Techniques For Improving Website Performance

Annotated below is a presentation from Nik Molnar, co-founder of the open source debugging and diagnostics tool Glimpse, who demonstrates several different strategies for improving the performance of your web application. This is easily one of the most useful conference presentations I have ever seen and I wanted to share it with everyone. If were curious about how to do any of the following tasks, this presentation will cover those for you. Next to each point is a bookmark for you to jump to that portion of the presentation.

  • Using browser tools to analyze usable content and latency for each request [13:00]
  • How to use HAR files for analyzing performance metrics [14:30]
  • Using the ‘Audits’ tab in Chrome to make recommendations [15:40]
  • Adding Google PageSpeed to the browser tools and how to use it [16:45]
  • Specifying in the web.config how to use compression for static and dynamic files. [17:50]
  • How to enable client side caching with the expires header [19:00]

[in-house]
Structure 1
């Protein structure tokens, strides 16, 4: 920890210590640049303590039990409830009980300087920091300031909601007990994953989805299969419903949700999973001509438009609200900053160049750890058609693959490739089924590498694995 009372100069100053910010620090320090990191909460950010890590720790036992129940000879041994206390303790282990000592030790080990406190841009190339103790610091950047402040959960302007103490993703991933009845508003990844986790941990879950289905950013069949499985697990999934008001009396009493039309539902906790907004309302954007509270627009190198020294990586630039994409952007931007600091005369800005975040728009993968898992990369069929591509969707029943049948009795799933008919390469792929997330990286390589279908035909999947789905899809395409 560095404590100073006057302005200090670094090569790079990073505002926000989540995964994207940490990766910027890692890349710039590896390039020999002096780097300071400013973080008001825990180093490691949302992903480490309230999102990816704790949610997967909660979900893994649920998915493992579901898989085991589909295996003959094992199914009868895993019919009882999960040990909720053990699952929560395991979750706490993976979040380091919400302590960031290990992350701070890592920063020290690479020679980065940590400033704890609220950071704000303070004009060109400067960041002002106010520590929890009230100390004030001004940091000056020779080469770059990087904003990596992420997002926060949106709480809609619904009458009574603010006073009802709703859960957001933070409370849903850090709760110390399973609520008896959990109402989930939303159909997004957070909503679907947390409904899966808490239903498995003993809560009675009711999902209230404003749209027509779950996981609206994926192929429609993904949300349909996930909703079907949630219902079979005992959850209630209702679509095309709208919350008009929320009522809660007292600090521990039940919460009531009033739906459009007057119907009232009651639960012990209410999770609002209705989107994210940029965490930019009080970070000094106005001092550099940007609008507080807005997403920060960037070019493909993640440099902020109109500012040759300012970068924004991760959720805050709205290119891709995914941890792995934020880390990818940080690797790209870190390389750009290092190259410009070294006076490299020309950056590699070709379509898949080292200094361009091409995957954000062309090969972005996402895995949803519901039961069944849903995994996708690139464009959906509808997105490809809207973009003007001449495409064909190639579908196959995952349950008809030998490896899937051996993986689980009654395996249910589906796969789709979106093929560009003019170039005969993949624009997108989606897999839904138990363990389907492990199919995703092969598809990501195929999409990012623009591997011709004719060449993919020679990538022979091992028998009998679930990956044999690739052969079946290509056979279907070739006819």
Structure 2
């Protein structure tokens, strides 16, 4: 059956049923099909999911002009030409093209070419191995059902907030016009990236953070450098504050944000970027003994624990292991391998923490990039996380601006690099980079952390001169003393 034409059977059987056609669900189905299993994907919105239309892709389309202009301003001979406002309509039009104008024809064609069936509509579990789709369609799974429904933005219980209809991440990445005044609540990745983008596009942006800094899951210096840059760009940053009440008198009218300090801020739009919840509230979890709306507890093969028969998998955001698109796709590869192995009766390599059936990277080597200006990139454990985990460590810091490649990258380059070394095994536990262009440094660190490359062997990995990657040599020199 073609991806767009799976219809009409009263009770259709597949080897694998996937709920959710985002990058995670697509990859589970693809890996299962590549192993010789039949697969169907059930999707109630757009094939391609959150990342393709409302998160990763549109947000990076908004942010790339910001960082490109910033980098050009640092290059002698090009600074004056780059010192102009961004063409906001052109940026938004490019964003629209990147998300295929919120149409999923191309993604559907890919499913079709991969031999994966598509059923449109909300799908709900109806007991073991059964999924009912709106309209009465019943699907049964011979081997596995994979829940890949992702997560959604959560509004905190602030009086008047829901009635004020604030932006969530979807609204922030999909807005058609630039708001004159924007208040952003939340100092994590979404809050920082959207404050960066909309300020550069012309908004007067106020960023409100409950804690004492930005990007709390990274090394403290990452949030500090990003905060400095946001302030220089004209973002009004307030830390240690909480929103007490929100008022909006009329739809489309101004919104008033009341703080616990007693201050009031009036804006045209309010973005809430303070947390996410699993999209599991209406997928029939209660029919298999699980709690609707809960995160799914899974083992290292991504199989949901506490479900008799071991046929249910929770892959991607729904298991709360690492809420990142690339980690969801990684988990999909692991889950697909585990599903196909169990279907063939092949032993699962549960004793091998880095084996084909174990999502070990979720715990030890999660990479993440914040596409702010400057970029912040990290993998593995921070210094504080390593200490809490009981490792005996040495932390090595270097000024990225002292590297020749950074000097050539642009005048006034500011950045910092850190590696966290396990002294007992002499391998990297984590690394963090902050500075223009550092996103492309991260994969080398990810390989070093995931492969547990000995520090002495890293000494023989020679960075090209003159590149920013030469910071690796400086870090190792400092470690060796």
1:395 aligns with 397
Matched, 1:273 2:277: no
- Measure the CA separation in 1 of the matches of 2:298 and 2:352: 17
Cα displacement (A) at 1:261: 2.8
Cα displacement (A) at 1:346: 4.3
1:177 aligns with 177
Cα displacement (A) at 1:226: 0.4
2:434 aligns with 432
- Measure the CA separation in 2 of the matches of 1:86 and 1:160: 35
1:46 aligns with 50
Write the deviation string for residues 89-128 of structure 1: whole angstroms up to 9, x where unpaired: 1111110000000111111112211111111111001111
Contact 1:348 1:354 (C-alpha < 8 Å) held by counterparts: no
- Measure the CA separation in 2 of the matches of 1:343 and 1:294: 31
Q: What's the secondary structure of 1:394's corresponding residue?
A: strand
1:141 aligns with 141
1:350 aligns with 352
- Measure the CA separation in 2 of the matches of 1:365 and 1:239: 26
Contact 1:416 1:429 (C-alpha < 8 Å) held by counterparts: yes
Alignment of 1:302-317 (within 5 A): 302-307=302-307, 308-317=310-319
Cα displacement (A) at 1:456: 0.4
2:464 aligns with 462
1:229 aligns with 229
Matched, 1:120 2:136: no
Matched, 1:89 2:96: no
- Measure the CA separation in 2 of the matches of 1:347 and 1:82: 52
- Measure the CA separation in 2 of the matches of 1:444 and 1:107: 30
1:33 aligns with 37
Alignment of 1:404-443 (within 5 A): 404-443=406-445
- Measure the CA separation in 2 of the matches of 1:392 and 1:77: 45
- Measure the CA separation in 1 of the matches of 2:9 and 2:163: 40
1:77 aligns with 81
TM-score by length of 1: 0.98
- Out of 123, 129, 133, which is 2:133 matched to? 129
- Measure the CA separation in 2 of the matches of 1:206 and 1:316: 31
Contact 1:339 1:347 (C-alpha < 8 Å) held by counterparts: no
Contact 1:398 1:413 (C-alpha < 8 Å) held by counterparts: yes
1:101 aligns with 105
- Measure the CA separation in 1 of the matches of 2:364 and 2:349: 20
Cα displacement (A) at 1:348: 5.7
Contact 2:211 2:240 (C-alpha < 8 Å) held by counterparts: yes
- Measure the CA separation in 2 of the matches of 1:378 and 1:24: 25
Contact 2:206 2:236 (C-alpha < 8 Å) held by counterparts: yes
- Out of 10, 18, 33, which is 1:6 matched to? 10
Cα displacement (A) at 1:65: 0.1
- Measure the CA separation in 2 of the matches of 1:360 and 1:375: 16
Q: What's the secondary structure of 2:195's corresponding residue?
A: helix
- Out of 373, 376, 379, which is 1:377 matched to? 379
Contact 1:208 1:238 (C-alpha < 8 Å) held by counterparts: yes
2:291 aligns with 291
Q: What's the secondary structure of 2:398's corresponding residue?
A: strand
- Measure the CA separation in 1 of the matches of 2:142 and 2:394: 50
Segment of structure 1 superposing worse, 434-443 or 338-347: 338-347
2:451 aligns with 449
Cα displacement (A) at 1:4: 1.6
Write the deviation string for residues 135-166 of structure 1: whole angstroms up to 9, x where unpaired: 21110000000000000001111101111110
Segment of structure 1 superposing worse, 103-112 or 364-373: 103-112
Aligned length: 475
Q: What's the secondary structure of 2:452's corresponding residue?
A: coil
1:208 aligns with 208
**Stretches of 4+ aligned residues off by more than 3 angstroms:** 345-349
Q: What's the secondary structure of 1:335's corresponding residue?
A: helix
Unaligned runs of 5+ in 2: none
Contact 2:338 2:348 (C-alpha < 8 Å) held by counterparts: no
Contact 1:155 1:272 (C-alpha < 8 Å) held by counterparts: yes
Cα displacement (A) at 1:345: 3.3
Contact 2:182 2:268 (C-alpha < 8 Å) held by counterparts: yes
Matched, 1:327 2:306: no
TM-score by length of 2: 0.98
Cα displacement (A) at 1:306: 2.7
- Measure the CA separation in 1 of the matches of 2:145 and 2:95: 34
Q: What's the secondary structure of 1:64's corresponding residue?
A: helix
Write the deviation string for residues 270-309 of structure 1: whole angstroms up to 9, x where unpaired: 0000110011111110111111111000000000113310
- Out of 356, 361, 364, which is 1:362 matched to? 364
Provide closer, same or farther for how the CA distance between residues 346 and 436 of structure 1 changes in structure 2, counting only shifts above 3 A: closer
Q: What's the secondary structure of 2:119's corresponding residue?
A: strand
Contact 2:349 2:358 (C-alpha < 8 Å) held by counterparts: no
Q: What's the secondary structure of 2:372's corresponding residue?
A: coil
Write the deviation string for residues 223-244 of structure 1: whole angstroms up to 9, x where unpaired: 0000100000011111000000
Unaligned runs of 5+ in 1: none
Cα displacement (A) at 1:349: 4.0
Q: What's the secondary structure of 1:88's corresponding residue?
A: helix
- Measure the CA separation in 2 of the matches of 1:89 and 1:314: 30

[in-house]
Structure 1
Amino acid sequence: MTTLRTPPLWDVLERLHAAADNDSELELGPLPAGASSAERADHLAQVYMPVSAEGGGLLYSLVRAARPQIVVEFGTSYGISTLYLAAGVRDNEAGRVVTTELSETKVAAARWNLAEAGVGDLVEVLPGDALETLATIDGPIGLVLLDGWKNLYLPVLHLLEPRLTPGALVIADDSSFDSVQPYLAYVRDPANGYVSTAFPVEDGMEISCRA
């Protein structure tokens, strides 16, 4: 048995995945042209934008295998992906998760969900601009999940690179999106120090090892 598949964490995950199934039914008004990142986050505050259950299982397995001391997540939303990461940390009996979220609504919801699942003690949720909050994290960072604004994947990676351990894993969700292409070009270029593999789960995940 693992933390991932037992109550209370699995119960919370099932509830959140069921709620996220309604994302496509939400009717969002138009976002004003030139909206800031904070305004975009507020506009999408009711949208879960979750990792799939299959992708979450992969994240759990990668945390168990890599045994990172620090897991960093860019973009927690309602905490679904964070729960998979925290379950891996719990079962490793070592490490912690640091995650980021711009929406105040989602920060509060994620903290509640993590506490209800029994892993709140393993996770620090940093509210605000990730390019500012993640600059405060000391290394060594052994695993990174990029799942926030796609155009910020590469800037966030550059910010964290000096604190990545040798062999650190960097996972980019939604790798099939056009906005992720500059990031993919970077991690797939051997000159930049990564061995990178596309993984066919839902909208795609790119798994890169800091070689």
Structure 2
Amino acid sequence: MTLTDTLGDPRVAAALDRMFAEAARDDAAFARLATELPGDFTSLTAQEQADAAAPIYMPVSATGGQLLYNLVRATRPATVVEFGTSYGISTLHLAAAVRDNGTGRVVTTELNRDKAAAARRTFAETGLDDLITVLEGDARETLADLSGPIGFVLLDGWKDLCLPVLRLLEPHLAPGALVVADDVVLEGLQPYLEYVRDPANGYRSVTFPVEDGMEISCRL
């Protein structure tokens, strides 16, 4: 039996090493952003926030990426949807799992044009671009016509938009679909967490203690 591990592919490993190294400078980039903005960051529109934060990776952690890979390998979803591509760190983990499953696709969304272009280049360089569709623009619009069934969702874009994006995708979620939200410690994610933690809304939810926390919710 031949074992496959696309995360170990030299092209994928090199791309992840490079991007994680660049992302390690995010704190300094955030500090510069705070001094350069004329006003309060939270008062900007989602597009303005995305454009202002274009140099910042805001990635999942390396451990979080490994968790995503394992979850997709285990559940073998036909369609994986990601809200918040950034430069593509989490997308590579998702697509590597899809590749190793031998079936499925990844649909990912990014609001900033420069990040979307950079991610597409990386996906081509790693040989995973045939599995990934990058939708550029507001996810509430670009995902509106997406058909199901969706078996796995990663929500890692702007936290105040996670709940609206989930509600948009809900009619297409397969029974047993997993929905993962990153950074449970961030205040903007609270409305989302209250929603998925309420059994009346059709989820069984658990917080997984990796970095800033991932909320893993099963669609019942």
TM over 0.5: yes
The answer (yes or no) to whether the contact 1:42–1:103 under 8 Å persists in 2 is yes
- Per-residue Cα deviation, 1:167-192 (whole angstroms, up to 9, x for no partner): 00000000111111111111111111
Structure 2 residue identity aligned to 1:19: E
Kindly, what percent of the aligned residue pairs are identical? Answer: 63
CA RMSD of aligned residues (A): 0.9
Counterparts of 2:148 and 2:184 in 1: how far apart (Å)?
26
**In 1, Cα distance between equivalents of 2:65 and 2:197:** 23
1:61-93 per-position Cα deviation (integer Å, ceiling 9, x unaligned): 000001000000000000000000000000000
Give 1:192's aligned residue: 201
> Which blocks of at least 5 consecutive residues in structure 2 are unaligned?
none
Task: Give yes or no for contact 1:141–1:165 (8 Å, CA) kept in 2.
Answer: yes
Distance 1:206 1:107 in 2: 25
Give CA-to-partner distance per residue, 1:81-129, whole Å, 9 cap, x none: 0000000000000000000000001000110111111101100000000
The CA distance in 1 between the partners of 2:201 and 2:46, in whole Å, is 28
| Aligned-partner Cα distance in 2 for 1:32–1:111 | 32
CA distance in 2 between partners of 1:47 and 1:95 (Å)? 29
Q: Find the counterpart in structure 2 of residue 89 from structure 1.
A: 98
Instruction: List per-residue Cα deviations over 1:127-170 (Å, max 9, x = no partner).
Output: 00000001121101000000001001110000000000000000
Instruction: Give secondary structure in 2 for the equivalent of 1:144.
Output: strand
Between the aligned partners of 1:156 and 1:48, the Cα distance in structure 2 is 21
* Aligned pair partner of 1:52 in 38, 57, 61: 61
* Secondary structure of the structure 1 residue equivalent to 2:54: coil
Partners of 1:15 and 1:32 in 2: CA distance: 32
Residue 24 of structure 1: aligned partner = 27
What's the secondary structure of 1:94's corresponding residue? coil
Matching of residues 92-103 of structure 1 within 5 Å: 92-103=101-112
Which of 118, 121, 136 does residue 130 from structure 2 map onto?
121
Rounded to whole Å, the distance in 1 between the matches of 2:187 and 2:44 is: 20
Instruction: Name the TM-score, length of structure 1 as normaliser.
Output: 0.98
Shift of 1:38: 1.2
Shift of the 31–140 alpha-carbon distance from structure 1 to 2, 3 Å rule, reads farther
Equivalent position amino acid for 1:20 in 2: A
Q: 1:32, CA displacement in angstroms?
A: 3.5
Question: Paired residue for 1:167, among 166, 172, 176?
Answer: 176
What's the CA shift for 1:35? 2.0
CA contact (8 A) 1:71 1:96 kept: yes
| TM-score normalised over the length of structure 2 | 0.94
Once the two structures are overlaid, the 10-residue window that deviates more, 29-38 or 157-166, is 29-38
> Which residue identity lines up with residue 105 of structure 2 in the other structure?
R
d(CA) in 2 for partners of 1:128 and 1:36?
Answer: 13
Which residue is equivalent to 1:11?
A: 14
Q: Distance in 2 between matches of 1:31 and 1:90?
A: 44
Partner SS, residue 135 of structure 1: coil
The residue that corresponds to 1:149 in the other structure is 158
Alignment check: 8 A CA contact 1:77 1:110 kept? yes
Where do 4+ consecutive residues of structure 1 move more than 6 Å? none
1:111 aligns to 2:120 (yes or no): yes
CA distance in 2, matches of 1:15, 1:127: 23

• How to use bundling in ASP.NET to bundle and minify CSS and JS files. [19:35]
  • How to use Web Essentials Visual Studio plugin to easily do image sprites [20:40]
  • Using to optimize PNG images with lossy compression [22:00]
  • Using Web Essentials to embed small images as base64 encoded text in CSS [24:22]
  • Using async script attribute and img lazyload attribute to lazy load resources [26:19]
  • Pre-caching client data using dns-prefetch, prefetch, and prerender HTML tags [28:30]
  • Using the RedGate CPU profiler to identify bottleneck code (note: Visual Studio has a simpler built in feature) [35:00]
  • High level thoughts on how to improve server side performance [35:55]
  • Using browser tools like Octane to profile Javascript CPU performance [38:30]
  • High level thoughts on how to improve javascript performance [42:25]
  • Understanding frame rates and the concept of jank [44:05]

Link to the video in it’s entirety
Link to baseball demo site used in presentation


Kyle Ballard